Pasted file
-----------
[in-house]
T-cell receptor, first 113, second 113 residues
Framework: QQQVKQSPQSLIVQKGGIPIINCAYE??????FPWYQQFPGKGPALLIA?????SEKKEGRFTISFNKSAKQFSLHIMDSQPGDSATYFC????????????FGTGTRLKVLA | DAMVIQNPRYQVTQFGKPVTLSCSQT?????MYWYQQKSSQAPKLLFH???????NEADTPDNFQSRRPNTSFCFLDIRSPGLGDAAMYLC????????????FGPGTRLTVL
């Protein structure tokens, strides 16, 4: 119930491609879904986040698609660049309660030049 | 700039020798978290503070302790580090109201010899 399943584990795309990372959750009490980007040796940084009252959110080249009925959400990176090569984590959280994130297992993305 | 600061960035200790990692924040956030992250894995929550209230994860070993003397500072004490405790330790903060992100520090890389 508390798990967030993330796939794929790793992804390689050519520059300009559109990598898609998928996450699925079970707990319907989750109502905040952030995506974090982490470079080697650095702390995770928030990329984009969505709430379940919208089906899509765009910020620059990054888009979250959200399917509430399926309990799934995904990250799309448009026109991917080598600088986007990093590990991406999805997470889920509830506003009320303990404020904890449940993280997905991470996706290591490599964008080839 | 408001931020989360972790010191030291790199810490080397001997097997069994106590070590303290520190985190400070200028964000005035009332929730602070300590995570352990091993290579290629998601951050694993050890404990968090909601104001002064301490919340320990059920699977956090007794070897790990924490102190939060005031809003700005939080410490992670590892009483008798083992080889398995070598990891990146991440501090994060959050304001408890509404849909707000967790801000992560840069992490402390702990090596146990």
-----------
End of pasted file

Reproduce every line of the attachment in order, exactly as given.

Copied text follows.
[in-house]
T-cell receptor, first 113, second 113 residues
Framework: QQQVKQSPQSLIVQKGGIPIINCAYE??????FPWYQQFPGKGPALLIA?????SEKKEGRFTISFNKSAKQFSLHIMDSQPGDSATYFC????????????FGTGTRLKVLA | DAMVIQNPRYQVTQFGKPVTLSCSQT?????MYWYQQKSSQAPKLLFH???????NEADTPDNFQSRRPNTSFCFLDIRSPGLGDAAMYLC????????????FGPGTRLTVL
């Protein structure tokens, strides 16, 4: 119930491609879904986040698609660049309660030049 | 700039020798978290503070302790580090109201010899 399943584990795309990372959750009490980007040796940084009252959110080249009925959400990176090569984590959280994130297992993305 | 600061960035200790990692924040956030992250894995929550209230994860070993003397500072004490405790330790903060992100520090890389 508390798990967030993330796939794929790793992804390689050519520059300009559109990598898609998928996450699925079970707990319907989750109502905040952030995506974090982490470079080697650095702390995770928030990329984009969505709430379940919208089906899509765009910020620059990054888009979250959200399917509430399926309990799934995904990250799309448009026109991917080598600088986007990093590990991406999805997470889920509830506003009320303990404020904890449940993280997905991470996706290591490599964008080839 | 408001931020989360972790010191030291790199810490080397001997097997069994106590070590303290520190985190400070200028964000005035009332929730602070300590995570352990091993290579290629998601951050694993050890404990968090909601104001002064301490919340320990059920699977956090007794070897790990924490102190939060005031809003700005939080410490992670590892009483008798083992080889398995070598990891990146991440501090994060959050304001408890509404849909707000967790801000992560840069992490402390702990090596146990």